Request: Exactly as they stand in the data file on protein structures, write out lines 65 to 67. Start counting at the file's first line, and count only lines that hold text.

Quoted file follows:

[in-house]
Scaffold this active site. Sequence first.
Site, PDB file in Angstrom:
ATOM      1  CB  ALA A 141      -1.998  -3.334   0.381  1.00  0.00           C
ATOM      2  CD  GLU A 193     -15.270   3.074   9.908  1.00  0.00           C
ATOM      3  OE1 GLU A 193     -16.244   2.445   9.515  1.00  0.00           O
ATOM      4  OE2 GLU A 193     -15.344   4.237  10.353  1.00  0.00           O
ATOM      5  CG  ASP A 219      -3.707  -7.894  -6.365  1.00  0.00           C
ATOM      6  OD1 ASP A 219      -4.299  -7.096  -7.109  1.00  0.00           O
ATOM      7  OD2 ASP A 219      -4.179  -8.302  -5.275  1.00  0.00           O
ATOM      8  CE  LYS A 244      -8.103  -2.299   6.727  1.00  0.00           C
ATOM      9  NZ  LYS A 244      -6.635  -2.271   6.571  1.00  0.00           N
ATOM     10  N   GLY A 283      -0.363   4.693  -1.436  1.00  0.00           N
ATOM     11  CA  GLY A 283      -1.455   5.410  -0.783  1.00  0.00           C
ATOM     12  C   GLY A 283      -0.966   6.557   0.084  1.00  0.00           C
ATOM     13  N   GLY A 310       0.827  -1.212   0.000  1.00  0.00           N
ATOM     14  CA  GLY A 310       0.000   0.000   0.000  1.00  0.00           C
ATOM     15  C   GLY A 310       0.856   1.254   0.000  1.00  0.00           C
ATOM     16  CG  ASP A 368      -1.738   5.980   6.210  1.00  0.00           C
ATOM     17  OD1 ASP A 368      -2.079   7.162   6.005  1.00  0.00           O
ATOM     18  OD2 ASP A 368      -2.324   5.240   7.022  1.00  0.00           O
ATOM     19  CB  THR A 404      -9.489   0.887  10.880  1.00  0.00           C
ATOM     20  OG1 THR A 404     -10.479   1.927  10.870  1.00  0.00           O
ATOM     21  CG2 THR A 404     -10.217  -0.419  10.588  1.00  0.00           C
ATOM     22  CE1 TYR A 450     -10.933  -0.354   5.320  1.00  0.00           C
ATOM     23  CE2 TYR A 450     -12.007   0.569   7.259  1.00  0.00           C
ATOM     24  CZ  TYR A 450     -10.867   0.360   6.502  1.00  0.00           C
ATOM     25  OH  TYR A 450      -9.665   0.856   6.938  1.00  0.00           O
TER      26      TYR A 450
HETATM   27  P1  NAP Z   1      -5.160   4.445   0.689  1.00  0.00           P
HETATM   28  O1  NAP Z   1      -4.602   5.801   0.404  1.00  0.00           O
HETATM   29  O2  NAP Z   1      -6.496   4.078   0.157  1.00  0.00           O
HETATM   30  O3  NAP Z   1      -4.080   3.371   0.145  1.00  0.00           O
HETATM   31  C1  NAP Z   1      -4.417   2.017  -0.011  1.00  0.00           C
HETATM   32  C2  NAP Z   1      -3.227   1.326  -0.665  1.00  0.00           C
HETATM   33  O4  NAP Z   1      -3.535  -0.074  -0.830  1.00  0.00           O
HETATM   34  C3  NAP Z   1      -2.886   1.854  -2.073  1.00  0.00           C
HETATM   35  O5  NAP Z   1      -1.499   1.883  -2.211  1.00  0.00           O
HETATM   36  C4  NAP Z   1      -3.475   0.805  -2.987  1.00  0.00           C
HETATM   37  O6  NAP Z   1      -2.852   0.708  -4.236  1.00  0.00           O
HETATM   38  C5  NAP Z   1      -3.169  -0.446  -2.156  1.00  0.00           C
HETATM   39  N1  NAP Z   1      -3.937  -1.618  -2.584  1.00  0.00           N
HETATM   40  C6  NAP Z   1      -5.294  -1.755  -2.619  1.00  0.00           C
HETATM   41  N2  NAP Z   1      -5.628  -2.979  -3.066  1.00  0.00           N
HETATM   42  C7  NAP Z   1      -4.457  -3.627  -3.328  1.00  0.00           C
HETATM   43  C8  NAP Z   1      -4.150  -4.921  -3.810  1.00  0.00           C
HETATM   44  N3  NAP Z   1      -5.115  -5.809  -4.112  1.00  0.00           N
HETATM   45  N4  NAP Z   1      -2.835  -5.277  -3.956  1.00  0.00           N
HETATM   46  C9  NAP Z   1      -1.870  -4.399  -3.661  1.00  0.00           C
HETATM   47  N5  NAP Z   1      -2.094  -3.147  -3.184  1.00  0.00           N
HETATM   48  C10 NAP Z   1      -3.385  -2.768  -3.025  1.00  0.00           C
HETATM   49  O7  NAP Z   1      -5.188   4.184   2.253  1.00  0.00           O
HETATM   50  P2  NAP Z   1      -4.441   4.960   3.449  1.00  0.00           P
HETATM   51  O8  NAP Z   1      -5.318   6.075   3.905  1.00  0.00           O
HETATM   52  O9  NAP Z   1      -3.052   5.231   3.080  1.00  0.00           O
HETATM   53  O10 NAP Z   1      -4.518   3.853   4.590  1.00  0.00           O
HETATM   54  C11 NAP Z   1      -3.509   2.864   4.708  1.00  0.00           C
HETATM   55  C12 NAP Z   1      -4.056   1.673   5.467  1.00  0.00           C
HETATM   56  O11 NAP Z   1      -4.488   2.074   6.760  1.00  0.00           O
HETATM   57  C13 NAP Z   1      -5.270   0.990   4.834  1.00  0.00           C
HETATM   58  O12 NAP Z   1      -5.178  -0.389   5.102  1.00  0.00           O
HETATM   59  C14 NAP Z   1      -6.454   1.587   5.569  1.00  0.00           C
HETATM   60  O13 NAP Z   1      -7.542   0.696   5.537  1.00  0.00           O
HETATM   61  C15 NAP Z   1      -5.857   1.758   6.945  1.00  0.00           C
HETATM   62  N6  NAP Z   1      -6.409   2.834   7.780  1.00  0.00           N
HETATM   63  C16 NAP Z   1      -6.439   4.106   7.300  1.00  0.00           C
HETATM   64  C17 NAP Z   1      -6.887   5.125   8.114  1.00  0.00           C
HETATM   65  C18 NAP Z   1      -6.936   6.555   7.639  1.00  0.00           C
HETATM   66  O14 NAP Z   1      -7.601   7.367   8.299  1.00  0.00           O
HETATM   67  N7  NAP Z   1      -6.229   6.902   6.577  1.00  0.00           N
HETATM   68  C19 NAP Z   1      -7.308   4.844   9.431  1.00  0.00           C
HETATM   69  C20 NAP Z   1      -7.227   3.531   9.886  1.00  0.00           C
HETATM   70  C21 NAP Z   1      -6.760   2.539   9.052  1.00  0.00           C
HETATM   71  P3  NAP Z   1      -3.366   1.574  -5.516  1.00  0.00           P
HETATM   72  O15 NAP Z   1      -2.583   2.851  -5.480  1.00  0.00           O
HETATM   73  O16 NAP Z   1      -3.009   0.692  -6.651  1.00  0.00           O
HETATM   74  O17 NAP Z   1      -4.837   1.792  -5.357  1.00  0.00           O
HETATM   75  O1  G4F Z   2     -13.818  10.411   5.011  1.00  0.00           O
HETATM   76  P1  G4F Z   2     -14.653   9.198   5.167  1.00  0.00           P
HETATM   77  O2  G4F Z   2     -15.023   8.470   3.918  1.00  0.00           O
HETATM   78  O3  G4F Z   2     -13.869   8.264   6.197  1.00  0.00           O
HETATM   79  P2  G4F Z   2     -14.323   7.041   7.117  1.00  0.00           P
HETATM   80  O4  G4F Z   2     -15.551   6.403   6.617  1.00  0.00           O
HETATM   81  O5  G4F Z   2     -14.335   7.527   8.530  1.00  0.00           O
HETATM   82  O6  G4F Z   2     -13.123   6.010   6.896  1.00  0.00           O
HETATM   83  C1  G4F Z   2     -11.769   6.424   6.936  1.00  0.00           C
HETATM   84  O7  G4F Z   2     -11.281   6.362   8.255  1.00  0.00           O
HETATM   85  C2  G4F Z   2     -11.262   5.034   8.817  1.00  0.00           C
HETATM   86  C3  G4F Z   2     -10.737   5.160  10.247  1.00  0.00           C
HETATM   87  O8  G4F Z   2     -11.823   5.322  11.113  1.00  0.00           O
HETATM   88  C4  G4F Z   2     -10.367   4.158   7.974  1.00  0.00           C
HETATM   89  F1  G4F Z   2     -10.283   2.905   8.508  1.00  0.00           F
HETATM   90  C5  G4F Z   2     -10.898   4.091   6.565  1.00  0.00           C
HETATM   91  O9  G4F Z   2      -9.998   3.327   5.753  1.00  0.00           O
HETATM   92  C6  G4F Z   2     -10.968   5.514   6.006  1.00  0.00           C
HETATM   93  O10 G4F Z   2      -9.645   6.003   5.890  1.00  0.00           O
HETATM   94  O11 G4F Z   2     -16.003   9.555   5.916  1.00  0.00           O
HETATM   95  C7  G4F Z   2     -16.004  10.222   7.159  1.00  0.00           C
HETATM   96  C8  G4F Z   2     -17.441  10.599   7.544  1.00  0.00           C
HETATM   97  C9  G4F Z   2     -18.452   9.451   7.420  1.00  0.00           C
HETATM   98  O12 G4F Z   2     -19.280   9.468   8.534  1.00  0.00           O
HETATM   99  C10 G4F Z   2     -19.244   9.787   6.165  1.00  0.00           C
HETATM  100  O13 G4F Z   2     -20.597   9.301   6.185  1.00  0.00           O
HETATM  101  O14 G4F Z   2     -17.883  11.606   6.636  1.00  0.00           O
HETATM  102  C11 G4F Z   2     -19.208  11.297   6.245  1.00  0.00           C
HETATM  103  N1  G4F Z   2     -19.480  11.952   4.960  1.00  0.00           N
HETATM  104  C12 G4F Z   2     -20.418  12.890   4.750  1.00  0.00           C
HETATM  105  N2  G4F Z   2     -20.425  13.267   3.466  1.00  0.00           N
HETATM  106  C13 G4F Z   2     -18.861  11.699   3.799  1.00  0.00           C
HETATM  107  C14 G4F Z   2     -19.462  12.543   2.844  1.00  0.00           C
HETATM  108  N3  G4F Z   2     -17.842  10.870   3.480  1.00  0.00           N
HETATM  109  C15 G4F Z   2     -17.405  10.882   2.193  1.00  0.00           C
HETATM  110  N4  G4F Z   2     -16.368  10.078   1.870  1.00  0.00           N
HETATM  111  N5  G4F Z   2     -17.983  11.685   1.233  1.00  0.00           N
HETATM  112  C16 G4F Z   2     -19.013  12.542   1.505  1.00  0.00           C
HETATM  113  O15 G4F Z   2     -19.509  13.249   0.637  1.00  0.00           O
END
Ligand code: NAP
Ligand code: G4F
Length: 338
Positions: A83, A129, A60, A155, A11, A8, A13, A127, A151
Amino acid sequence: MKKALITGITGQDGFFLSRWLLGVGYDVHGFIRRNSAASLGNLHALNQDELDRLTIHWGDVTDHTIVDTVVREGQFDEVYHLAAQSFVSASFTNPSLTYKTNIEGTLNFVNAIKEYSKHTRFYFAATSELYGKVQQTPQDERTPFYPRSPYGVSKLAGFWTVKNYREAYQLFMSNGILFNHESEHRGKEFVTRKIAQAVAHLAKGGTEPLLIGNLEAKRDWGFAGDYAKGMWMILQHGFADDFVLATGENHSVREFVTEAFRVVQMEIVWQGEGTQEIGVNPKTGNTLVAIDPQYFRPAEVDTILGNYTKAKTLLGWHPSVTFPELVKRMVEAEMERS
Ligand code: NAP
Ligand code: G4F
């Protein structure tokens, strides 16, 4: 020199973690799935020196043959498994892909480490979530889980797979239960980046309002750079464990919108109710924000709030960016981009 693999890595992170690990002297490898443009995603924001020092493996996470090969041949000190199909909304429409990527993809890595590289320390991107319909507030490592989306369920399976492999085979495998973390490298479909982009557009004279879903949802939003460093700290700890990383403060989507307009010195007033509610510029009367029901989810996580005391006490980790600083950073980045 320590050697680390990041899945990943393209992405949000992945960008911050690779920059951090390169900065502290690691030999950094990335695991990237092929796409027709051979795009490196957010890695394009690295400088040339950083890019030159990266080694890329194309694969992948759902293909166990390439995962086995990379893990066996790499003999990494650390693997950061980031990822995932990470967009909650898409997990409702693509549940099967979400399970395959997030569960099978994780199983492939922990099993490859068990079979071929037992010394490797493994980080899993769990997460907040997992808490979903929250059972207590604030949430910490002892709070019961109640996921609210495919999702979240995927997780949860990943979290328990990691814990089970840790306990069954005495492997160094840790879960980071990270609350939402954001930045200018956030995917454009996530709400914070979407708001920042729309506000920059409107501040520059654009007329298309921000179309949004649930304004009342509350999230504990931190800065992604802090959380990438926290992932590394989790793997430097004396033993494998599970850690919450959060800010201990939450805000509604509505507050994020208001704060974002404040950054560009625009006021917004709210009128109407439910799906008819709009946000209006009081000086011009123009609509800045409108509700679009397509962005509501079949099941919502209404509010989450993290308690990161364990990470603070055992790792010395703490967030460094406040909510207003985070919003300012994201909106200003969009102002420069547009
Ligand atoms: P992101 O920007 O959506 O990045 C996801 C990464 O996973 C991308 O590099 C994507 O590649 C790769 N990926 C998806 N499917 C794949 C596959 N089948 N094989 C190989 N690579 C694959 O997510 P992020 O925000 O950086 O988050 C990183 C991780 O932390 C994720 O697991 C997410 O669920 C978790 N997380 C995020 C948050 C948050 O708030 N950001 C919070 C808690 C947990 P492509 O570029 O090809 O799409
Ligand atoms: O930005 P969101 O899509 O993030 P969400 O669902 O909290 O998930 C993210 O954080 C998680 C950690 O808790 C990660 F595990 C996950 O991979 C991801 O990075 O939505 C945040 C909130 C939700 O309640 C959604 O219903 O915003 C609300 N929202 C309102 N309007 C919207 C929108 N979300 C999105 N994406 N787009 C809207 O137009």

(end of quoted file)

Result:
HETATM   62  N6  NAP Z   1      -6.409   2.834   7.780  1.00  0.00           N
HETATM   63  C16 NAP Z   1      -6.439   4.106   7.300  1.00  0.00           C
HETATM   64  C17 NAP Z   1      -6.887   5.125   8.114  1.00  0.00           C